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Neanderthal cranial ontogeny and its implications for late hominid diversity

Homo neanderthalensis has a unique combination of craniofacial features that are distinct from fossil and extant 'anatomically modern' Homo sapiens (modern humans). Morphological evidence, direct isotopic dates and fossil mitochondrial DNA from three Neanderthals indicate that the Neanderthals were... Full description

Journal Title: Nature (London) 2001-08-02, Vol.412 (6846), p.534-538
Main Author: Zollikofer, Christoph P. E
Other Authors: Ponce de León, Marcia S
Format: Electronic Article Electronic Article
Language: English
Subjects:
Publisher: London: Nature Publishing
ID: ISSN: 0028-0836
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recordid: cdi_proquest_miscellaneous_71071185
title: Neanderthal cranial ontogeny and its implications for late hominid diversity
format: Article
creator:
  • Zollikofer, Christoph P. E
  • Ponce de León, Marcia S
subjects:
  • Adolescent
  • Adult
  • Animals
  • Biological Evolution
  • Cephalometry
  • Child
  • Child, Preschool
  • Earth sciences
  • Earth, ocean, space
  • Exact sciences and technology
  • Fossils
  • Genetic Variation
  • Hominidae - anatomy & histology
  • Hominidae - classification
  • Hominidae - genetics
  • Hominidae - growth & development
  • Humans
  • Mandible - anatomy & histology
  • Mandible - growth & development
  • Paleontology
  • Skull - anatomy & histology
  • Skull - growth & development
  • Vertebrate paleontology
ispartof: Nature (London), 2001-08-02, Vol.412 (6846), p.534-538
description: Homo neanderthalensis has a unique combination of craniofacial features that are distinct from fossil and extant 'anatomically modern' Homo sapiens (modern humans). Morphological evidence, direct isotopic dates and fossil mitochondrial DNA from three Neanderthals indicate that the Neanderthals were a separate evolutionary lineage for at least 500,000 yr. However, it is unknown when and how Neanderthal craniofacial autapomorphies (unique, derived characters) emerged during ontogeny. Here we use computerized fossil reconstruction and geometric morphometrics to show that characteristic differences in cranial and mandibular shape between Neanderthals and modern humans arose very early during development, possibly prenatally, and were maintained throughout postnatal ontogeny. Postnatal differences in cranial ontogeny between the two taxa are characterized primarily by heterochronic modifications of a common spatial pattern of development. Evidence for early ontogenetic divergence together with evolutionary stasis of taxon-specific patterns of ontogeny is consistent with separation of Neanderthals and modern humans at the species level.
language: eng
source:
identifier: ISSN: 0028-0836
fulltext: no_fulltext
issn:
  • 0028-0836
  • 1476-4687
url: Link


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descriptionHomo neanderthalensis has a unique combination of craniofacial features that are distinct from fossil and extant 'anatomically modern' Homo sapiens (modern humans). Morphological evidence, direct isotopic dates and fossil mitochondrial DNA from three Neanderthals indicate that the Neanderthals were a separate evolutionary lineage for at least 500,000 yr. However, it is unknown when and how Neanderthal craniofacial autapomorphies (unique, derived characters) emerged during ontogeny. Here we use computerized fossil reconstruction and geometric morphometrics to show that characteristic differences in cranial and mandibular shape between Neanderthals and modern humans arose very early during development, possibly prenatally, and were maintained throughout postnatal ontogeny. Postnatal differences in cranial ontogeny between the two taxa are characterized primarily by heterochronic modifications of a common spatial pattern of development. Evidence for early ontogenetic divergence together with evolutionary stasis of taxon-specific patterns of ontogeny is consistent with separation of Neanderthals and modern humans at the species level.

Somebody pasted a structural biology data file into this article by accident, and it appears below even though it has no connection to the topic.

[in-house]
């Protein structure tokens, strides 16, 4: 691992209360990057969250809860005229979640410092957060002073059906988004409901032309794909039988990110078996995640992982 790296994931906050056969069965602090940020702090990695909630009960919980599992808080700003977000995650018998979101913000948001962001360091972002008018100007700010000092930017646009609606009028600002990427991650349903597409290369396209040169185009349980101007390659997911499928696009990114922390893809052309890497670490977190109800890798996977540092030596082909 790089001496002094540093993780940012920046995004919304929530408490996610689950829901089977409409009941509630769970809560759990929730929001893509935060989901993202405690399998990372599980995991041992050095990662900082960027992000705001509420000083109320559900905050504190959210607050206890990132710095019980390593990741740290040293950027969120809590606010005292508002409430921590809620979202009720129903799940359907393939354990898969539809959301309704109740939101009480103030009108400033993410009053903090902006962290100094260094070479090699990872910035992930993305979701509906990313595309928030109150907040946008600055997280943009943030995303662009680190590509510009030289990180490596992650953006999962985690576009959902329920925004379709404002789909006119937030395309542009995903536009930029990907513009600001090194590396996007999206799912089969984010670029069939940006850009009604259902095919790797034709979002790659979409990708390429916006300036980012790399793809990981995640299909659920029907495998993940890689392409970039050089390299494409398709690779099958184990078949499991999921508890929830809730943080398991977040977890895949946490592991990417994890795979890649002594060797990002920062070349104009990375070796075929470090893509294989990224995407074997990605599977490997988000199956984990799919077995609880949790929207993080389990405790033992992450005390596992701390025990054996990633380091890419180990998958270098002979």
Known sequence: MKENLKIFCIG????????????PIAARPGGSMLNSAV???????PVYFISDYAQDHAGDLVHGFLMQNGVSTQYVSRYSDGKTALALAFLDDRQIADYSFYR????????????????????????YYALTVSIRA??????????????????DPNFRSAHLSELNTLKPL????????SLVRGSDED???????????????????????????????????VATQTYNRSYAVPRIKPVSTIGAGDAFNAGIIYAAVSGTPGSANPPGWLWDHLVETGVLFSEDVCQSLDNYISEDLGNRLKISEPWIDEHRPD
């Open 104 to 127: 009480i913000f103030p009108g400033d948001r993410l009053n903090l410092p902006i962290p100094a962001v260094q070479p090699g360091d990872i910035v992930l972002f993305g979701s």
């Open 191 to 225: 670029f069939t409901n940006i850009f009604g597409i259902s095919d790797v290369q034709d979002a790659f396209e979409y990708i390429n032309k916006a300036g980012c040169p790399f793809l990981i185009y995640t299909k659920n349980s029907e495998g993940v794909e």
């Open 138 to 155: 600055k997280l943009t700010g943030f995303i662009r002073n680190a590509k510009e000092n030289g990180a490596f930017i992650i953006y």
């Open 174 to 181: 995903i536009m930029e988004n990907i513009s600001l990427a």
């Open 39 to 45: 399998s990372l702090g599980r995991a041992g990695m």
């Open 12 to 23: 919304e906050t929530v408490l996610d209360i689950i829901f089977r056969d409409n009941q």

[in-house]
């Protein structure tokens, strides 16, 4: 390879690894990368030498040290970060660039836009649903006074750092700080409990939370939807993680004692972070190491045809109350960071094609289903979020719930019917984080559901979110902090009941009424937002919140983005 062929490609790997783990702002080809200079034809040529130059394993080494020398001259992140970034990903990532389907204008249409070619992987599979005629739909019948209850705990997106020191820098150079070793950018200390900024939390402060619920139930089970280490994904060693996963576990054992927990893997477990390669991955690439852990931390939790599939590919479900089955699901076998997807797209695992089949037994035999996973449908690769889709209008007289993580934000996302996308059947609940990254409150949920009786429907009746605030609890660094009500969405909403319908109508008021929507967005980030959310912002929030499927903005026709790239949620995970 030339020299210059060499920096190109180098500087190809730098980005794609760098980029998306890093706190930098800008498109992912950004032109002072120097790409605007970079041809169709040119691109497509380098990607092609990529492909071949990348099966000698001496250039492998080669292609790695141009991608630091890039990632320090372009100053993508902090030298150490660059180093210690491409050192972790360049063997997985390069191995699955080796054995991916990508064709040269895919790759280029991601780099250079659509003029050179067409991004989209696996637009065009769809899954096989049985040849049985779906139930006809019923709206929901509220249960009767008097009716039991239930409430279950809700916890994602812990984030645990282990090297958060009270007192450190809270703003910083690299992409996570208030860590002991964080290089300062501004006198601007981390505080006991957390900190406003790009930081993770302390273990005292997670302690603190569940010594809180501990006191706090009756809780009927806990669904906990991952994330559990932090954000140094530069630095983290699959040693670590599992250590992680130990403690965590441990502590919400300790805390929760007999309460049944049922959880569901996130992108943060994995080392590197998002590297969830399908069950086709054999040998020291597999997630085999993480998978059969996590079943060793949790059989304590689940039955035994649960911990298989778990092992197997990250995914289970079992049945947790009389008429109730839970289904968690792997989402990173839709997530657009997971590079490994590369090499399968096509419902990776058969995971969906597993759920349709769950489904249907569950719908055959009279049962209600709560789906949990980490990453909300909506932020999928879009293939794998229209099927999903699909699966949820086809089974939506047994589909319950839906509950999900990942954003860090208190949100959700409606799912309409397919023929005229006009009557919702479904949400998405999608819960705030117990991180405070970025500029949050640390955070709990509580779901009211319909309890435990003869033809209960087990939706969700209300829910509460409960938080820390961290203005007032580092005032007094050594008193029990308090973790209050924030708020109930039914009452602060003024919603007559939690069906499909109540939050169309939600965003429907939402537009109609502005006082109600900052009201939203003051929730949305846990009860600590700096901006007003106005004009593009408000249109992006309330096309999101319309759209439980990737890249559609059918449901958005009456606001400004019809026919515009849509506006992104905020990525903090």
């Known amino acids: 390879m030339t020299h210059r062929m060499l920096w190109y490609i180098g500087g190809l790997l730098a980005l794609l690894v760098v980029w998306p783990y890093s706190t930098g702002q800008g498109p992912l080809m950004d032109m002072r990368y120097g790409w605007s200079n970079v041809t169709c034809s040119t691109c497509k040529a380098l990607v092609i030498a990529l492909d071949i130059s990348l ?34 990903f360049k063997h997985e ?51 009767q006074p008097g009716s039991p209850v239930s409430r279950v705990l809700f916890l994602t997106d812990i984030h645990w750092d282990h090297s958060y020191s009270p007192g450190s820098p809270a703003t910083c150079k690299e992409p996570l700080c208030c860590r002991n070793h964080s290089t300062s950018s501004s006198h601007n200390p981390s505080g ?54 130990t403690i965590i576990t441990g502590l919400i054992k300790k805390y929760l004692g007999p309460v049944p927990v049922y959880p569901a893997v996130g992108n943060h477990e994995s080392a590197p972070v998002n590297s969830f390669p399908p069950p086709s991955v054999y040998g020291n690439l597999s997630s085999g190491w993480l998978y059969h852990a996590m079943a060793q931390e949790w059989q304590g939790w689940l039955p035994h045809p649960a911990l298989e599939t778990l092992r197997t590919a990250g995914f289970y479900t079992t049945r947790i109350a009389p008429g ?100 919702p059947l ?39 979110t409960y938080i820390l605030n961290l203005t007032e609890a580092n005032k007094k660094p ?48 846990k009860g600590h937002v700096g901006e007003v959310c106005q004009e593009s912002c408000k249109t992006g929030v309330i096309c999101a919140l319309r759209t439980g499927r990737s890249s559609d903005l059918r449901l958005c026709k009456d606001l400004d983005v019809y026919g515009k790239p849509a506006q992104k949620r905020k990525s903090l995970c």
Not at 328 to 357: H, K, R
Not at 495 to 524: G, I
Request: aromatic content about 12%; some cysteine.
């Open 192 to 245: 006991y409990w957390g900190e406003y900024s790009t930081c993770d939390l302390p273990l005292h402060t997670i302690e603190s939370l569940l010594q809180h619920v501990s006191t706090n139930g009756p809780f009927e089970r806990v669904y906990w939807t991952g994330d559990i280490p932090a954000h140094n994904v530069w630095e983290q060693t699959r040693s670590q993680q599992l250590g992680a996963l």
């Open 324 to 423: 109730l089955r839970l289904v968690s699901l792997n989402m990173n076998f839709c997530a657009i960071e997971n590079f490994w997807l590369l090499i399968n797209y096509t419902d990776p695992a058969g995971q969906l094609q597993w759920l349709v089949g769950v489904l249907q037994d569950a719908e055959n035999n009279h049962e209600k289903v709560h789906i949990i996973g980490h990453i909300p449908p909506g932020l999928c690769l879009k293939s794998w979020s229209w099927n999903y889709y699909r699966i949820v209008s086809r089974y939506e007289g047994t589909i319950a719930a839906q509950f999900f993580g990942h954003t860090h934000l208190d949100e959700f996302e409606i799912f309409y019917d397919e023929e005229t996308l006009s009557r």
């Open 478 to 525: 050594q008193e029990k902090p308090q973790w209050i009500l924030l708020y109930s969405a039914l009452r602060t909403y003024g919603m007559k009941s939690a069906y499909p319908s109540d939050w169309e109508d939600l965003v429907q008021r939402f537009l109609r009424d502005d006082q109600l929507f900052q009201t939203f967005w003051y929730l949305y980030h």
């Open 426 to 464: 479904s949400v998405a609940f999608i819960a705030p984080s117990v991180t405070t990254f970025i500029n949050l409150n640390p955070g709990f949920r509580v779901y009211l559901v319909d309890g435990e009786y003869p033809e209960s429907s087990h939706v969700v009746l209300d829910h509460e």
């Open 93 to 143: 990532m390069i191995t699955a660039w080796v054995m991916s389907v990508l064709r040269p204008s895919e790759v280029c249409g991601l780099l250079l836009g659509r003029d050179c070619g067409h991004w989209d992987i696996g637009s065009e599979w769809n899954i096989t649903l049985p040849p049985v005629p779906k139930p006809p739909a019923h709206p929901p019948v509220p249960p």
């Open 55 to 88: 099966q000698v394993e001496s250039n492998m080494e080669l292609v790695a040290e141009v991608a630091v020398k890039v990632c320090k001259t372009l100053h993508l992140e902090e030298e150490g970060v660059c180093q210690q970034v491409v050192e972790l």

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abstractHomo neanderthalensis has a unique combination of craniofacial features that are distinct from fossil and extant 'anatomically modern' Homo sapiens (modern humans). Morphological evidence, direct isotopic dates and fossil mitochondrial DNA from three Neanderthals indicate that the Neanderthals were a separate evolutionary lineage for at least 500,000 yr. However, it is unknown when and how Neanderthal craniofacial autapomorphies (unique, derived characters) emerged during ontogeny. Here we use computerized fossil reconstruction and geometric morphometrics to show that characteristic differences in cranial and mandibular shape between Neanderthals and modern humans arose very early during development, possibly prenatally, and were maintained throughout postnatal ontogeny. Postnatal differences in cranial ontogeny between the two taxa are characterized primarily by heterochronic modifications of a common spatial pattern of development. Evidence for early ontogenetic divergence together with evolutionary stasis of taxon-specific patterns of ontogeny is consistent with separation of Neanderthals and modern humans at the species level.
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